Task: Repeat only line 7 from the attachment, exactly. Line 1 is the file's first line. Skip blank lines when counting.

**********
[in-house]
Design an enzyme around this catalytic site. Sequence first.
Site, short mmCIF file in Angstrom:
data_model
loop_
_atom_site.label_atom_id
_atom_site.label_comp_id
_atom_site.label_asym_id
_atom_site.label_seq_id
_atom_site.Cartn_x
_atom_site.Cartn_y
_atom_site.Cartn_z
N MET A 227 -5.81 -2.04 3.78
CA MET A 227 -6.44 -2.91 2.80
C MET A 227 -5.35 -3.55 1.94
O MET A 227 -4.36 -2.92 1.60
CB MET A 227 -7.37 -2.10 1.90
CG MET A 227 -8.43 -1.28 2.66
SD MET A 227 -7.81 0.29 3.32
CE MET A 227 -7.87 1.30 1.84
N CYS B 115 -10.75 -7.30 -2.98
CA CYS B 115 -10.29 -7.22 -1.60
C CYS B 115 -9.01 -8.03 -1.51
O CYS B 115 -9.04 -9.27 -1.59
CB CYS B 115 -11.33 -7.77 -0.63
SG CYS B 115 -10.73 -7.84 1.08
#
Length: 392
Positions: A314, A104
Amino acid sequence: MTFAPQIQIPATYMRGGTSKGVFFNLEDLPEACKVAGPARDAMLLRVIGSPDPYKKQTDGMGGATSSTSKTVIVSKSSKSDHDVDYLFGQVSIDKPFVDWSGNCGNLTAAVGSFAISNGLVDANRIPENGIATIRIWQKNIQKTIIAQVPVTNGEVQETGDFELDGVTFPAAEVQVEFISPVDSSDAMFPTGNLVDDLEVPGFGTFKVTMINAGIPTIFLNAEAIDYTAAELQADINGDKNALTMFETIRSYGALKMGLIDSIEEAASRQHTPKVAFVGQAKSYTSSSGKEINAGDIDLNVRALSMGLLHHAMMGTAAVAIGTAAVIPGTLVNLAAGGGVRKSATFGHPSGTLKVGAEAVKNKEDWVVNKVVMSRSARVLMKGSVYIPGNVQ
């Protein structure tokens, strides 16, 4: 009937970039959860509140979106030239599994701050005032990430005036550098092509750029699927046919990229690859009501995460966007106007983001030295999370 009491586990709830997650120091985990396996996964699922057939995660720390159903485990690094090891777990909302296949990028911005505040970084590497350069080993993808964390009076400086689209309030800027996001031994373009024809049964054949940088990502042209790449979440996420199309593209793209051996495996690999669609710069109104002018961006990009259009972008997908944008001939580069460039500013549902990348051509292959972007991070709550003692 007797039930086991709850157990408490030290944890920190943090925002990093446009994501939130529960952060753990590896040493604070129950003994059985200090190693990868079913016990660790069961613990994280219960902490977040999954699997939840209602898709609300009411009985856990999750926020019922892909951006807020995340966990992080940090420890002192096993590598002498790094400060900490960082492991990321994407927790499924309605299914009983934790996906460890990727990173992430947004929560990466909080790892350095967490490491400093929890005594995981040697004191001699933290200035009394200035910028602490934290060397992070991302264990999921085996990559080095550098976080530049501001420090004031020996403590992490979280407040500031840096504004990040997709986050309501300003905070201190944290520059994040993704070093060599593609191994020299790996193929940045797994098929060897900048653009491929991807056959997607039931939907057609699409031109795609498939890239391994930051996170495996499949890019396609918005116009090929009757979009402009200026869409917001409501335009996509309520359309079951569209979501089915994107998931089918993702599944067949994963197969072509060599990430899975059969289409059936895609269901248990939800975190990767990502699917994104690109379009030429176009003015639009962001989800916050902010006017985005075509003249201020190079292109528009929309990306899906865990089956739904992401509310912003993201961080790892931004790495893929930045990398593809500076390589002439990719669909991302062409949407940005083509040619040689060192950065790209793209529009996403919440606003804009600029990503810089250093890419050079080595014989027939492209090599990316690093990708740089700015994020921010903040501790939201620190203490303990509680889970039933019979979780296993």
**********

_atom_site.label_comp_id